In Richard Rothstein’s The Color of Law: A Forgotten History of How Our Government Segregated America, he very briefly makes an important argument about Americans’ responsibility to address the history of anti-black racial discrimination. Rothstein’s argument is addressed to immigrants who try to distance themselves from the history of racial oppression, but it really applies to all Americans in this country that people like to call a “nation of immigrants.”
Some Americans claim that since their ancestors arrived after the end of slavery or after the end of Jim Crow or that since they arrived last week, then addressing the history of anti-black racial discrimination in this country is not their concern. This line of reasoning fails to appreciate what history is and what American history means for America today.
For most post-1965 immigrants, there is a very clear debt to the African American Civil Rights Movement. Prior to the Immigration and Naturalization Act of 1965, U.S. immigration policy was designed with a strong preference for Northern Europeans. Not only were many immigrants of color prevented by U.S. immigration law from entering the United States, so were Southern and Eastern Europeans including Greeks, Italians, Poles, and Portuguese. Without the Civil Rights Movement, tens of millions of immigrants and their descendants would not be in the United States today.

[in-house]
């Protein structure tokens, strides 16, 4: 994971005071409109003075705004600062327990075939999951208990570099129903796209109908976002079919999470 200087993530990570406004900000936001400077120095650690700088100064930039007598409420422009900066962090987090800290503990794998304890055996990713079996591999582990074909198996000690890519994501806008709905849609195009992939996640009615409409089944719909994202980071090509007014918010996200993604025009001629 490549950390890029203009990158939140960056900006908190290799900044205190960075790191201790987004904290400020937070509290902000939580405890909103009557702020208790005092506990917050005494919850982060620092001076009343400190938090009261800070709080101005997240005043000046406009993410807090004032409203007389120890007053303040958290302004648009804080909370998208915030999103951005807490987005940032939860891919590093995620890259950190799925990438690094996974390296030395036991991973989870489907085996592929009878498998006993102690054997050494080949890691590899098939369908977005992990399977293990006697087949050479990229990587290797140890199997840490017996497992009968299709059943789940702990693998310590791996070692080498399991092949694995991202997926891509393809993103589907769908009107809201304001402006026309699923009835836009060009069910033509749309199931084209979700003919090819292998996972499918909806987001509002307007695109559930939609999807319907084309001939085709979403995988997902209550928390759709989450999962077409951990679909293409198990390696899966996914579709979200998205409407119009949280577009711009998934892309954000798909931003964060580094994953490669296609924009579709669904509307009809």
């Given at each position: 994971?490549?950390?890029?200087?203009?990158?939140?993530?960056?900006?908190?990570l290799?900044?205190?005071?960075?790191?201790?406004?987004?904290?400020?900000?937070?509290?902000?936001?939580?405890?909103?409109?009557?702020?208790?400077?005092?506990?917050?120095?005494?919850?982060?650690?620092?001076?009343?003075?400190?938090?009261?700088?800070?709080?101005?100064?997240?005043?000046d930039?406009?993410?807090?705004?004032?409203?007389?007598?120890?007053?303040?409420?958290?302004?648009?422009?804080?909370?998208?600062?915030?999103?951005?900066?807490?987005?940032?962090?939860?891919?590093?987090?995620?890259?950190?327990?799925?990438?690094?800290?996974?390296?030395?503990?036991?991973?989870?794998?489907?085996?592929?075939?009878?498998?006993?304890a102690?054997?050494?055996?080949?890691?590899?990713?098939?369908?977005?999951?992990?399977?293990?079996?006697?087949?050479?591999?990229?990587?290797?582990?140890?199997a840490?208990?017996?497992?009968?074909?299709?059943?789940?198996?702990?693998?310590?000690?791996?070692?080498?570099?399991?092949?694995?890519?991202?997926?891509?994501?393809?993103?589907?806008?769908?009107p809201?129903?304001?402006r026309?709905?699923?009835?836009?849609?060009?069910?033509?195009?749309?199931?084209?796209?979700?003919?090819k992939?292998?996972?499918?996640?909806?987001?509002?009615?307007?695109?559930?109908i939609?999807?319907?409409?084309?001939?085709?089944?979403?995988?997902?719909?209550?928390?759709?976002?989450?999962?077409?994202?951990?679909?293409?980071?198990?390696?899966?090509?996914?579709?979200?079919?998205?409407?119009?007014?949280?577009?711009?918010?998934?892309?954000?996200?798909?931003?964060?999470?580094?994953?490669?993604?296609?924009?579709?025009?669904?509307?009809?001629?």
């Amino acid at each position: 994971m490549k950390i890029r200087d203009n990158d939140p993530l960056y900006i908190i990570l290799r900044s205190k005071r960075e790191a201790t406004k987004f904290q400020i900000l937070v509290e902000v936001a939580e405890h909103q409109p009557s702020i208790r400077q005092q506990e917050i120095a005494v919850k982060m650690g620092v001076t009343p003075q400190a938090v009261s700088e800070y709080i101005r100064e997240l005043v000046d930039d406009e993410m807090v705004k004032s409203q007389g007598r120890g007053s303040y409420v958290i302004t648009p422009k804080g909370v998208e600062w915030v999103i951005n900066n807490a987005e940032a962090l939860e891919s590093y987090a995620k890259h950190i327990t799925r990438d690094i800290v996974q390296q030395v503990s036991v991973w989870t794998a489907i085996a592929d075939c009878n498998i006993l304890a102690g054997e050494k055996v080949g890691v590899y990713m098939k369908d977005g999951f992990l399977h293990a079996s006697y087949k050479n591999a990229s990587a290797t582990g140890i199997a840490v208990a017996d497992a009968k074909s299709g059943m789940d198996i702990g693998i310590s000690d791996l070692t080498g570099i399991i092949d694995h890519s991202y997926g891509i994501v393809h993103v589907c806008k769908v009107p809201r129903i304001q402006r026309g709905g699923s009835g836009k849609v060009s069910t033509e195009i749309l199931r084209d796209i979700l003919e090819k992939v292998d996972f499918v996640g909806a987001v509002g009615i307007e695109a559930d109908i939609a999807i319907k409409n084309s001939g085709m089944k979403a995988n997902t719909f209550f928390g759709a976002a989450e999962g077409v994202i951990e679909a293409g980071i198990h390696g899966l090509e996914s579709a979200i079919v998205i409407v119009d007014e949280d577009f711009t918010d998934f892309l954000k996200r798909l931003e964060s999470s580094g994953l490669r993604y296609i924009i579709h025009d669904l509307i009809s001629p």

But Rothstein’s point is deeper than the Immigration and Naturalization Act of 1965. He writes:
When we become Americans, we accept not only citizenship’s privileges that we did not earn but also its responsibilities to correct wrongs that we did not commit. It was our government that segregated American neighborhoods, whether we or our ancestors bore witness to it, and it is our government that now must craft remedies.
American immigrants—of which I am one—cannot pretend that America’s history as a slave society bears no relation and has no consequence for the America that they live in today. We cannot carve the history of racial oppression out of the history of America. While Rothstein directs his message to immigrants, it really applies to all Americans. Only when we accept and own this history will it be clear to us what needs to be done to move the country forward.
Since 1976, the United States has designated February as Black History Month to honor the often overlooked achievements of black Americans throughout the country’s history. Demos is honoring Black History Month by highlighting reflections from some of our staff. We welcome you to join the conversation by sharing your thoughts with us on social media using #blackhistorymonth.